In the Manage settings form, for Location of query result, enter the value s3://iot-athena-results-{AWS Account ID}{AWS Region}. Choose Save.
Select the Editor tab, and at the left side of the query editor, choose iotanalyticsdb from the Database drop-down list to make it the current database.

Figure 6: Choose iotanalyticsdb for the database

Go back to the query editor window, choose Clear to erase the previous query, enter the following SQL statement, and then choose Run.

SHOW CREATE TABLE customer_meter_sensor;

You should see the following in the Query results tab:

CREATE EXTERNAL TABLE `customer_meter_sensor`(
`customerid` bigint,
`sensorid` bigint,
`sensorgroup` string)
‘s3://iot-analytic-bucket-{AWS Account ID}-{AWS Region}/customer_meter_sensor’

This external table points to the customer information data in the data lake. The bucket named in the S3 URI is where the CSV files containing the electricity meter data and customer information data were uploaded.

Choose Clear to clear the query editor window again, enter the following SQL statement, and then choose Run:

SHOW CREATE TABLE iot_electricity_metering;

Below, in the Query results tab, you should see this result:

CREATE EXTERNAL TABLE `iot_electricity_metering`(
`sensorid` bigint,
`voltage` bigint,
`current` bigint,
`frequency` bigint,
`kwh` double,
`hourcollected` string)
`year` string,
`month` string,
`day` string)
‘s3://iot-analytic-bucket-{AWS Account ID}-{AWS Region}/iot_electricity_metering’

This external table points to the IoT electricity meter data in the data lake, and is partitioned by year, month, and day-of-month. The bucket named in the S3 URI is where the CSV files containing the electricity meter data and customer information data were uploaded.

Test the solution

Now that all components of the solution are configured, it’s time to test it with a simulation. To do that, you will manually invoke the Lambda function fn-run-athena-query several times. Each time you invoke the function, the environment variable ev_date_run will be set, simulating the invocation of this Lambda function to process electricity meter data from that date. This simulation will invoke the Lambda function fn-run-athena-query for each day of January, 2022. For each query output generated, another function, fn-write-athena-output-to-ddb, will be invoked to store the summarized data on the DynamoDB table ElectricityMeteredByPeriod. At the end of the simulation, you’ll query this DynamoDB table to simulate statistics that customers can obtain to monitor their electricity use.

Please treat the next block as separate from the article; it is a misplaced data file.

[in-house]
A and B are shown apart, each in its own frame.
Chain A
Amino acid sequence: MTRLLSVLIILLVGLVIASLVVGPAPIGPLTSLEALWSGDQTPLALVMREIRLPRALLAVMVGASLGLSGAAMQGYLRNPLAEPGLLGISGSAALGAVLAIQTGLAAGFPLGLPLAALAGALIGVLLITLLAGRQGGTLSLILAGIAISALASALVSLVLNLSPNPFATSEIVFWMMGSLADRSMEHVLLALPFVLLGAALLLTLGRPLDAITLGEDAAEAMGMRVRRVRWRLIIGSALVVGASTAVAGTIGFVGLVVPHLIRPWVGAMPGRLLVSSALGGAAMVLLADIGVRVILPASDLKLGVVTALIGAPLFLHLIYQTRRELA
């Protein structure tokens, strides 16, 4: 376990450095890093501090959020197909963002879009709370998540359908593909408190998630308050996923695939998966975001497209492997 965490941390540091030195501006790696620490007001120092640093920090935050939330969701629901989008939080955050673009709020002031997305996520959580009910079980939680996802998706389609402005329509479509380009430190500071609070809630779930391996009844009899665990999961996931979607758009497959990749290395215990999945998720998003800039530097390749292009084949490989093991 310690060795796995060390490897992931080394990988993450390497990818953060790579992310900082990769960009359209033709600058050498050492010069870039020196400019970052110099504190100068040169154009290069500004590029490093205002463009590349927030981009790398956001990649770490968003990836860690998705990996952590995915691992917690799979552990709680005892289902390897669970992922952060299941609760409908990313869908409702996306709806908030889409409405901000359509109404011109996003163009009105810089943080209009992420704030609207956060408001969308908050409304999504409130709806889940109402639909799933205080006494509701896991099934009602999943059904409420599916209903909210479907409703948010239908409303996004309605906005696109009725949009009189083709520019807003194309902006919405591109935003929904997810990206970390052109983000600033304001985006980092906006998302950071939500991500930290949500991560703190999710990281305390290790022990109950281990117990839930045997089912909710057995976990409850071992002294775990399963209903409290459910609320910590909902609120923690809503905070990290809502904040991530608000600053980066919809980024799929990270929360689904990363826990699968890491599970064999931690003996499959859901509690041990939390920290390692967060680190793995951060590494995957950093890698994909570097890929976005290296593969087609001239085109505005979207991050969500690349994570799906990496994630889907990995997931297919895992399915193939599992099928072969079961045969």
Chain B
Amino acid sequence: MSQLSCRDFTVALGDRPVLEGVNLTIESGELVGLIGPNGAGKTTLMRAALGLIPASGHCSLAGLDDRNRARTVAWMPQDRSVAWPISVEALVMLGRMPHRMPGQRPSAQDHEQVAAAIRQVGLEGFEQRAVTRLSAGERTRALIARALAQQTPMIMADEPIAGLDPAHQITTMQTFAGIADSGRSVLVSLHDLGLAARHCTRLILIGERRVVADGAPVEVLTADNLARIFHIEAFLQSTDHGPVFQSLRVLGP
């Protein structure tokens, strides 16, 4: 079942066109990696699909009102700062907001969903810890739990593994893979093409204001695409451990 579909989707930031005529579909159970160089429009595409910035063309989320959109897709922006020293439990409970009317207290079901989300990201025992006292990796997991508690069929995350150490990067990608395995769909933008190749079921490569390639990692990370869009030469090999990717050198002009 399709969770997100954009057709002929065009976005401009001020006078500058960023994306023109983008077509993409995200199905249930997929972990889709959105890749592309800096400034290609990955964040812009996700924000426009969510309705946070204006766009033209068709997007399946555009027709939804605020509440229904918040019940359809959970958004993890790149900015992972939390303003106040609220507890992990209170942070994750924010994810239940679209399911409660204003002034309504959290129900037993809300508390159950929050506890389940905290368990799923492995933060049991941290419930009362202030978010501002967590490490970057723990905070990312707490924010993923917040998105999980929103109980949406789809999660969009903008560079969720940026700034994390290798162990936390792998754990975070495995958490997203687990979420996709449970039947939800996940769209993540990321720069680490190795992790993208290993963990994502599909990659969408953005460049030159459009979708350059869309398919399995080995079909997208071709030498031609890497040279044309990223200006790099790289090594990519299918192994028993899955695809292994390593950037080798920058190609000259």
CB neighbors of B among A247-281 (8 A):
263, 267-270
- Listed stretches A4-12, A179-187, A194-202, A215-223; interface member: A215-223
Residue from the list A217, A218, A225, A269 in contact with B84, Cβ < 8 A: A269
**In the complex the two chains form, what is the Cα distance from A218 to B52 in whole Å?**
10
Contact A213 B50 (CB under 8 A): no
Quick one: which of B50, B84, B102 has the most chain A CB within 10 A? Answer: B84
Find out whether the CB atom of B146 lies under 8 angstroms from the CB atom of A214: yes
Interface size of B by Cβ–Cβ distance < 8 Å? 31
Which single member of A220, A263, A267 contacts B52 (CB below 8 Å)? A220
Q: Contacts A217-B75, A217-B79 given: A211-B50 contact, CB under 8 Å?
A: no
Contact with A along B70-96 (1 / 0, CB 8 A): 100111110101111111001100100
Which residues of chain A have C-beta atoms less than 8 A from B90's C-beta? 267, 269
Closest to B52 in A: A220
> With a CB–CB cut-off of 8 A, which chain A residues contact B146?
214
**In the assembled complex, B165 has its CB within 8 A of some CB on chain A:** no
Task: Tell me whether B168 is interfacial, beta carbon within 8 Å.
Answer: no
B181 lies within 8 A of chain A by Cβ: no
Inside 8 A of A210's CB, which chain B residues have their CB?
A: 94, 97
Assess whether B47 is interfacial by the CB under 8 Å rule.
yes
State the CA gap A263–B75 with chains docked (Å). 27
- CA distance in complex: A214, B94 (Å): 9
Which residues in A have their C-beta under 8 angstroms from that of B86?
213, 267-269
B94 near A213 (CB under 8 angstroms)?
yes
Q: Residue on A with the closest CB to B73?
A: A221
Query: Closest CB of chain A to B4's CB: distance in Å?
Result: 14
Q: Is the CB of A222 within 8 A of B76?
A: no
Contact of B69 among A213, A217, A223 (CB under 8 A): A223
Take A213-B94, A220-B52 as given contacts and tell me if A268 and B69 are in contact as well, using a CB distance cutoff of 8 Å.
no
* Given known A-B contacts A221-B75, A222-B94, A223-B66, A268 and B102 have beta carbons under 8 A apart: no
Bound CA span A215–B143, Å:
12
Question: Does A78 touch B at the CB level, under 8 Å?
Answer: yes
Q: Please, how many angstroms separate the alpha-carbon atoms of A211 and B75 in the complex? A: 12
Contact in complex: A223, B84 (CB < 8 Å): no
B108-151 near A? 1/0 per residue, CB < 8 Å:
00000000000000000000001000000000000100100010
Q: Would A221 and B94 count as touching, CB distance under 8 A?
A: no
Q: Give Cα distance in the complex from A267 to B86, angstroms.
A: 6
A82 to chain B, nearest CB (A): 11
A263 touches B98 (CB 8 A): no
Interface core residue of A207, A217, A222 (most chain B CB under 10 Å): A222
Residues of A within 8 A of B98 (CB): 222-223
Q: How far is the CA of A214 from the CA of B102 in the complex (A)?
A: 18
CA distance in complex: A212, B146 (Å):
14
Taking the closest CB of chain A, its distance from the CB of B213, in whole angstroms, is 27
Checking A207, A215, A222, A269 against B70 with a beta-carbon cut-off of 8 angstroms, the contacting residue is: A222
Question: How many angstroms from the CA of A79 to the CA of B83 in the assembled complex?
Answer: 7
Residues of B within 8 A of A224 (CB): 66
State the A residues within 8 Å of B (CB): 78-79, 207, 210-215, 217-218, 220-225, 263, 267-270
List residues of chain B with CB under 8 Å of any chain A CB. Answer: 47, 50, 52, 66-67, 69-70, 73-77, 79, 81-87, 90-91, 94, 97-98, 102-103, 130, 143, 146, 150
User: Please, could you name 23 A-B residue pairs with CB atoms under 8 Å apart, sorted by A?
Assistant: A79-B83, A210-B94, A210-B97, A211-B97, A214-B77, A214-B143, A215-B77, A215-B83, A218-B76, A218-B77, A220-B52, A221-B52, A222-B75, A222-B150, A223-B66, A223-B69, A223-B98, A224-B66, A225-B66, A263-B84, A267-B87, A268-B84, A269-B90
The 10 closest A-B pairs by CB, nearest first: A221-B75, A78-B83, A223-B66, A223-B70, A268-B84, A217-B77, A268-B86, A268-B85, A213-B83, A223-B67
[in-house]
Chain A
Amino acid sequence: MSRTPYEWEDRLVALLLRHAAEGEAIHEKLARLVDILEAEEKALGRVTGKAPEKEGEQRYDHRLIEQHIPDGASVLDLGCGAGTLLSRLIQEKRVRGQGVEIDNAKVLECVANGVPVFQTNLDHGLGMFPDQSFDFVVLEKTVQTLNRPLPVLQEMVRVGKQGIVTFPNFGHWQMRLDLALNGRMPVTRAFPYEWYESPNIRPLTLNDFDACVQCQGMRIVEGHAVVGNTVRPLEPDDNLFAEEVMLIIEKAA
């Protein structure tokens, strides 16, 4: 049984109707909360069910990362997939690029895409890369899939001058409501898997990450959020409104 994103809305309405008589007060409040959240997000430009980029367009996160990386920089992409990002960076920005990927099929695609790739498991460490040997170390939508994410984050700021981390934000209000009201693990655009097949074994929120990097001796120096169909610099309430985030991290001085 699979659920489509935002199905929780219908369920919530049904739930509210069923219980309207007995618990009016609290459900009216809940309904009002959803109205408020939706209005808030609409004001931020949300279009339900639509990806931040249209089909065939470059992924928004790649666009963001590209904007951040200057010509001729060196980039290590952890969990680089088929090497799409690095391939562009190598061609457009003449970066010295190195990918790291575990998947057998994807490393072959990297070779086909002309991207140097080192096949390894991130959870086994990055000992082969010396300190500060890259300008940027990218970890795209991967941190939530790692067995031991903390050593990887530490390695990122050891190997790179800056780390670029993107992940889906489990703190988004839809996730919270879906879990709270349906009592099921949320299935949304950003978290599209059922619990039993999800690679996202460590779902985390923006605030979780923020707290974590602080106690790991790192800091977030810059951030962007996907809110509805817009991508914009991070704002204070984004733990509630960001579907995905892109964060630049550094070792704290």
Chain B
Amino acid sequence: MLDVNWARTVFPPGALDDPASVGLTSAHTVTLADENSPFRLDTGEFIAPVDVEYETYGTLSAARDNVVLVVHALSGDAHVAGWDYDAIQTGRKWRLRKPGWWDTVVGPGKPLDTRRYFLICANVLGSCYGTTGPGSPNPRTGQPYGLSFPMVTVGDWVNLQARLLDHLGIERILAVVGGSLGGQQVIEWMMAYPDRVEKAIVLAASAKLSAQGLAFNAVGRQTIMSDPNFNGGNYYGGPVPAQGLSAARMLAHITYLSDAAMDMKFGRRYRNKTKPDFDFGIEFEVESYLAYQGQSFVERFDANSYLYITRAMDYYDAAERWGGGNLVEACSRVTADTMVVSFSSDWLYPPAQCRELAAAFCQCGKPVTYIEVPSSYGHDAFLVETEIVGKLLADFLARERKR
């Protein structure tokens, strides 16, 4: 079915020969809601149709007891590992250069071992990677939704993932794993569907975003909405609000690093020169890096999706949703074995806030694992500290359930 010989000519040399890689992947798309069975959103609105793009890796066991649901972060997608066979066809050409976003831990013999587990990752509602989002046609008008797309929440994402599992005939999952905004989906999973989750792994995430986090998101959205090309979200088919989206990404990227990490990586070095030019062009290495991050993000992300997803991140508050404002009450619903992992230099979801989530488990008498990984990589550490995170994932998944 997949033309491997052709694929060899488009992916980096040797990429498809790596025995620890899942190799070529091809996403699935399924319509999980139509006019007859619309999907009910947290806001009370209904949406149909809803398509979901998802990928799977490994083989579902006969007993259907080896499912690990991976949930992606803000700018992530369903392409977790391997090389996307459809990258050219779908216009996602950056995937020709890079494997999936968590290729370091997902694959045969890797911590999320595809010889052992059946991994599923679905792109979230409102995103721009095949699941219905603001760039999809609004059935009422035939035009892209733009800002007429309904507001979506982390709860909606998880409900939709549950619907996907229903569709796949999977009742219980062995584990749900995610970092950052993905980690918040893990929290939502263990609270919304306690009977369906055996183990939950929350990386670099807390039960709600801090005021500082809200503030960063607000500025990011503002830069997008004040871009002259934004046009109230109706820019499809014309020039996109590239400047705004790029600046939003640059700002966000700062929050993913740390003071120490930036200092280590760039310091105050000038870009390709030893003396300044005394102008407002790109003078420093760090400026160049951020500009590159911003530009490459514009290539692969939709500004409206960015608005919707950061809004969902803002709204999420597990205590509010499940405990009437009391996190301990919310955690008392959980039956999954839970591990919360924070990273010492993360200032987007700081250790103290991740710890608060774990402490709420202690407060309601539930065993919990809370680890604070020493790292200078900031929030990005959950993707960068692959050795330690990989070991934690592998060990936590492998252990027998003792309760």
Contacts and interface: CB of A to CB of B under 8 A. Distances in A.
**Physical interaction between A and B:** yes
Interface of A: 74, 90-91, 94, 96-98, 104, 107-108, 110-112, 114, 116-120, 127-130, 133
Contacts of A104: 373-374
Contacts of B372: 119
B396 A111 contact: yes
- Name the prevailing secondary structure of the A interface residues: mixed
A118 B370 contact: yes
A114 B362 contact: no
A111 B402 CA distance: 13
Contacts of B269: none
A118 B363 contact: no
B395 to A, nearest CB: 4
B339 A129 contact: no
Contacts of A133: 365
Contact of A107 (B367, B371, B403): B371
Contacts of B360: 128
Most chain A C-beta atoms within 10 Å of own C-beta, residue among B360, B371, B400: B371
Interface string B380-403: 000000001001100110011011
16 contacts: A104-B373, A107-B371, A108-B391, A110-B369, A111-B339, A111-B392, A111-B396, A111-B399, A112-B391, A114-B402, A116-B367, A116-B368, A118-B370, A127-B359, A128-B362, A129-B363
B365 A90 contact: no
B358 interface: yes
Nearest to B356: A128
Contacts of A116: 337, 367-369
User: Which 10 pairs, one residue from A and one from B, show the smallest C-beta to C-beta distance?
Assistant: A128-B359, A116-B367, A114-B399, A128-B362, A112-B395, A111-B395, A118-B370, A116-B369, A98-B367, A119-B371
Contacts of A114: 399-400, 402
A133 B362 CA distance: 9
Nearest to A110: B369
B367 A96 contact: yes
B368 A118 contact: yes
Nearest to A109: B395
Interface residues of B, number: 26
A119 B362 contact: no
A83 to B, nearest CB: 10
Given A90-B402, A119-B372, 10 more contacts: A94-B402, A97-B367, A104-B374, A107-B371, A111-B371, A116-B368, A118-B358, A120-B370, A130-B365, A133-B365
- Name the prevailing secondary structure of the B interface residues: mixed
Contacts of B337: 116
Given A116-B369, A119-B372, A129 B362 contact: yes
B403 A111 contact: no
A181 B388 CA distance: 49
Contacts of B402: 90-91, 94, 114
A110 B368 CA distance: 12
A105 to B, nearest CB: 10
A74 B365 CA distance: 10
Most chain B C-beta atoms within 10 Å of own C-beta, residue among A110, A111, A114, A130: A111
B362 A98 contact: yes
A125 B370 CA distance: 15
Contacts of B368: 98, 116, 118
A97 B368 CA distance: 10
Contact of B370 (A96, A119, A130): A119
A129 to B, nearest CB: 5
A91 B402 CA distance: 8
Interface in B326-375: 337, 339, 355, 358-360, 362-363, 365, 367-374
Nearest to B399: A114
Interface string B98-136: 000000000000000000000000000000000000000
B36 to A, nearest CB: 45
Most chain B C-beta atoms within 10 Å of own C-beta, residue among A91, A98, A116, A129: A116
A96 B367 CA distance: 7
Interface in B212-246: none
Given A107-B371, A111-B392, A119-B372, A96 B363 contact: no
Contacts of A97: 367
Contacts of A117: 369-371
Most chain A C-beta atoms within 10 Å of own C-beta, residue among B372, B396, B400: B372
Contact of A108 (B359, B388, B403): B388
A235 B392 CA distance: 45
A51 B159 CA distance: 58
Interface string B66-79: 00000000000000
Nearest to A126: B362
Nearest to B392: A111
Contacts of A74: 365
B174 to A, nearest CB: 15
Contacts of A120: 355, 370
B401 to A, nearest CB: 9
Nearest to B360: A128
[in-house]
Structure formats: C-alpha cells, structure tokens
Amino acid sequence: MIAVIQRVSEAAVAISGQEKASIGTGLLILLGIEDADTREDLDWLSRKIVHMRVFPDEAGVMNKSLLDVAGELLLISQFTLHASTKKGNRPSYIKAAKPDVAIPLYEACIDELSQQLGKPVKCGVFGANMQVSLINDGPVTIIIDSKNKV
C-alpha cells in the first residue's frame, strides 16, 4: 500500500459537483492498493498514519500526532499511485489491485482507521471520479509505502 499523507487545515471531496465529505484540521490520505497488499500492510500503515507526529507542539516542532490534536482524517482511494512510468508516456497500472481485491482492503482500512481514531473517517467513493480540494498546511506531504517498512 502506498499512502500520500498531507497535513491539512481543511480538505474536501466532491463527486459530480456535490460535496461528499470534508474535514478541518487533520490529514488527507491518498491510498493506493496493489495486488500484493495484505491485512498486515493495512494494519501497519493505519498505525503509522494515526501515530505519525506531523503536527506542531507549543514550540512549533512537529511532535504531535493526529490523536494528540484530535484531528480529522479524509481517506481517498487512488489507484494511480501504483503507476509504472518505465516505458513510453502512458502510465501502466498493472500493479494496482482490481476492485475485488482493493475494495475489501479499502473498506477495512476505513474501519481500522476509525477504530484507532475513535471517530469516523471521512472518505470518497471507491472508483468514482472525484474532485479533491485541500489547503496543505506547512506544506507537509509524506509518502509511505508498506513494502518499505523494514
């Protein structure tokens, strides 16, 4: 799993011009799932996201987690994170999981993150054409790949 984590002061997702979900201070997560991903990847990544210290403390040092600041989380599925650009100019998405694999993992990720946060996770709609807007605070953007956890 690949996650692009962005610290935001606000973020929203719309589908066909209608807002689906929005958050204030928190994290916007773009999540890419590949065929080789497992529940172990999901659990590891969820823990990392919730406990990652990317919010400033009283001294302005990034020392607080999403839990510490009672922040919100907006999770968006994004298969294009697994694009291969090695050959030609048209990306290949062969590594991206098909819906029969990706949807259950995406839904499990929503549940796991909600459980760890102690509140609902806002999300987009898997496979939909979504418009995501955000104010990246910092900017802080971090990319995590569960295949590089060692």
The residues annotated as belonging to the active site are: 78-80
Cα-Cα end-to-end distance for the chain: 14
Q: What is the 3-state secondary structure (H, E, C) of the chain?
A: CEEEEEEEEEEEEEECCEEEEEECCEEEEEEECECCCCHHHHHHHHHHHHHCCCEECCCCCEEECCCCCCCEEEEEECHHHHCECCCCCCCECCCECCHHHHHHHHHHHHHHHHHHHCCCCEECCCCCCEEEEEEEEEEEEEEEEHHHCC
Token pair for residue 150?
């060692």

To test the solution

In the AWS Cloud9 environment created when you deployed the solution, run the bash script invoke-fn-run-athena-query-dates.sh (from the GitHub repository). Before you run the script, confirm you are in the <deployment path>/iot-analytics-athena-ddb/scripts/bash directory. This should generate and place the output files needed for this simulation into the bucket iot-athena-results-{AWS Account ID}{AWS Region}. To see examples of the files, see the topic Usage in the GitHub repository. To verify an excerpt of output generated by this bash script—and to confirm it finished successfully—see the description in the Github repository.
Every time a new query output file is generated in the bucket iot-athena-results-{AWS Account ID}{AWS Region}, the Lambda function fn-write-athena-output-to-ddb is invoked and writes the content of the output .CSV file to the DynamoDB table ElectricityMeteredByPeriod. The aggregated data in this table can be accessed by different queries as needed, so users can see their readings by hour, day, and month in a dashboard without having to aggregate the data every time they access the dashboards. To verify the content of this table, go to the DynamoDB console and choose Explore items under the option Tables, and then select ElectricityMeteredByPeriod to see the content in the Items returned panel as shown in Figure 7 that follows:

Figure 7: ElectrictyMeteredByPeriod items returned

To simulate the statistics that a customer or the energy company can obtain for specific periods, run PartiQL queries on this table. To learn more, see Getting statistics with PartiQL for examples of queries you can use.